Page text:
Most people want a few more dollars in their wallets. But between an employer and family, the time most of us can devote to a second job is severely limited. Running a small side business can provide a few more options: you don’t have to show up at a set time and you can use skills you already have. Not all will be perfect for everyone, of course, and I’m sure that you’ll have a few ideas of your own after reading this list. If you’d like to share any other business ideas, please add them in the comments.

  1. Selling collectibles — From antique books to teddy bears, there are plenty of opportunities to buy and sell collectibles. It’s important to familiarize yourself with the collectible of your choice but if you choose something that you’ve been collecting for a while, you’ve got a head start.
  2. Locating apartments — It can take time to sort through apartment listings, but you can make some money by finding the perfect apartment for a renter.
  3. Baby proofing — New parents often prefer to bring in an expert to make sure their home is safe for a new baby.
  4. Calligraphic writing — If you’ve got elegant handwriting, you can pick up gigs writing or addressing wedding invitations, holiday cards and more.
  5. Selling coupons — Search on eBay for coupons right now and you’ll see thousands of listings for coupons. It’s just a matter of clipping and listing what you find in your Sunday newspaper.
  6. Pet training — A surprising number of people don’t know where to start in training a pet. Even teaching Rover simple commands like ‘Sit’ and ‘Stay’ can bring in a few dollars.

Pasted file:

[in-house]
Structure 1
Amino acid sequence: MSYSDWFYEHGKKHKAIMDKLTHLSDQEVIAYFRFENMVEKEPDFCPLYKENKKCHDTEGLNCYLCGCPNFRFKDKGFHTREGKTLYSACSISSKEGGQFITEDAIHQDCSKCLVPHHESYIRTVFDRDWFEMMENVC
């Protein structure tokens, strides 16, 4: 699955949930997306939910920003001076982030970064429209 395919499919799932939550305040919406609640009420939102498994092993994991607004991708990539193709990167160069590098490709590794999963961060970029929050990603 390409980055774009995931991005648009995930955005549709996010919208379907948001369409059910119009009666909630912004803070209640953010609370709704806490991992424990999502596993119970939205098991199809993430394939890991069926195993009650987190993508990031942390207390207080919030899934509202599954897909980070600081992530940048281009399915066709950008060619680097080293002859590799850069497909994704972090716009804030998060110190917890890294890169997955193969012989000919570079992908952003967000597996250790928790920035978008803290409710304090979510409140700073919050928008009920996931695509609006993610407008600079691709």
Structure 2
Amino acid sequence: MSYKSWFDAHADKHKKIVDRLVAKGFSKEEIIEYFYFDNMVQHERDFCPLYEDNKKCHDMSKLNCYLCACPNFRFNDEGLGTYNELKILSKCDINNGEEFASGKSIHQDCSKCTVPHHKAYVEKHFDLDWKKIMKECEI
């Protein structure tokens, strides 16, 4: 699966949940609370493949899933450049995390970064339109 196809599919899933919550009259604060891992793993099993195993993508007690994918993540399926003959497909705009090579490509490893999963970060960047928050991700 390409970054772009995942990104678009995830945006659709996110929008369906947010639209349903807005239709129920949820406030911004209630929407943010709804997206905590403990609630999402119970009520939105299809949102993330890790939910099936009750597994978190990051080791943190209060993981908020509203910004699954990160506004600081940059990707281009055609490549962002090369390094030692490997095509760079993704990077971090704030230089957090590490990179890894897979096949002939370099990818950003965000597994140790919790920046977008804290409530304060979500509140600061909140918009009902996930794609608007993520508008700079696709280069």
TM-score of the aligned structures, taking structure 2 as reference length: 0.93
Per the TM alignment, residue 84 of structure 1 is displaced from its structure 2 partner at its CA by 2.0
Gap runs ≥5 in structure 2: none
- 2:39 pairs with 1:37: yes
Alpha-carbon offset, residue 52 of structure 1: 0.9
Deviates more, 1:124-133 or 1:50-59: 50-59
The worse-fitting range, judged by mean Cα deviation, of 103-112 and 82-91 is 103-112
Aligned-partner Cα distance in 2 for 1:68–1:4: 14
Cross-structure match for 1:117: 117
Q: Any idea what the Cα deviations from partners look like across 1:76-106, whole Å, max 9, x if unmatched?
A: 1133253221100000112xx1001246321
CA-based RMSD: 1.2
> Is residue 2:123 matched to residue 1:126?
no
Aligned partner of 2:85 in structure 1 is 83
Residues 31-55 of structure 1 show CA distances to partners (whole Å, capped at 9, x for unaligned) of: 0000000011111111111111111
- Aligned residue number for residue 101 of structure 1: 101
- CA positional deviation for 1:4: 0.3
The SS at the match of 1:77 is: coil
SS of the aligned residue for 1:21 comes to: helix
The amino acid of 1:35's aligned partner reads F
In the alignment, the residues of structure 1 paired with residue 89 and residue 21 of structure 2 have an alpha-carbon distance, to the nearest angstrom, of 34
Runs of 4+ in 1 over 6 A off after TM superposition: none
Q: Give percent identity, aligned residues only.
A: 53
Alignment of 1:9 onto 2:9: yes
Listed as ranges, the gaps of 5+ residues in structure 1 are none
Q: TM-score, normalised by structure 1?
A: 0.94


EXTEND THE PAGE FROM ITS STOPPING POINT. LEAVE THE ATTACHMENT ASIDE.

7. Running errands — A wide variety of people want to outsource their errands, from those folks who aren’t able to leave their homes easily to those who have a busy schedule.
  8. Researching family trees — Amateur genealogists often call in experts, especially to handle research that has to be done in person in a far off place. If you’re willing to go to a local church and copy a few records, you can handle many family tree research requests.
  9. Supplying firewood — The prerequisite for selling firewood is having a source of wood; if you’ve got some land where you can cut down a few trees, you’ve got a head start.
  10. Hauling — As more people trade in their SUVs for compact cars, hauling is becoming more important: people have to rent a truck or hire a hauler for even small loads.
  11. Image consulting — Image consultants provide a wide variety of services, ranging from offering advice on appearance to teaching etiquette.
  12. Menu planning — For many people, the trip up in eating home-cooked or healthy meals is knowing what to prepare. Meal planners set a schedule to solve certain dietary problems.
  13. Microfarming — Cultivating food and flowers on small plots of land allows you to sell produce easily.
  14. Offering notary public services — Notary publics can witness and authenticate documents: a service needed for all sorts of official documents.
  15. Teaching music — If you’re skilled with a musical instrument, you can earn money by offering lessons.
  16. Mystery shopping — Mystery shoppers check the conditions and service at a store and report back to the store’s higher-ups.
  17. Offering research services — Just by reading up on a topic and compiling a report on it can earn you money.
  18. Personal shopping — Personal shoppers typically select gifts, apparel and other products for clients, helping them save time.
  19. Pet breeding — Purebred pets can be quite value, especially if you can verify their pedigree.
  20. Removing snow — During the winter months, shoveling walks can still be a reliable way to earn money. You might be asked to take care of the driveway too.
  21. Utility auditing — As people become environmentally-concious, they want to know just how efficient their homes are. With some simple testing, you can tell them.
  22. Offering web hosting services — Providing server space can be lucrative, particularly if you can provide tech support to your clients.
  23. Cutting lawns — An old standby, cutting lawns and other landscaping services can provide a second income in the summer.
  24. Auctioning items on eBay — Want to get rid of all your old stuff? Stick it up on eBay and auction it off.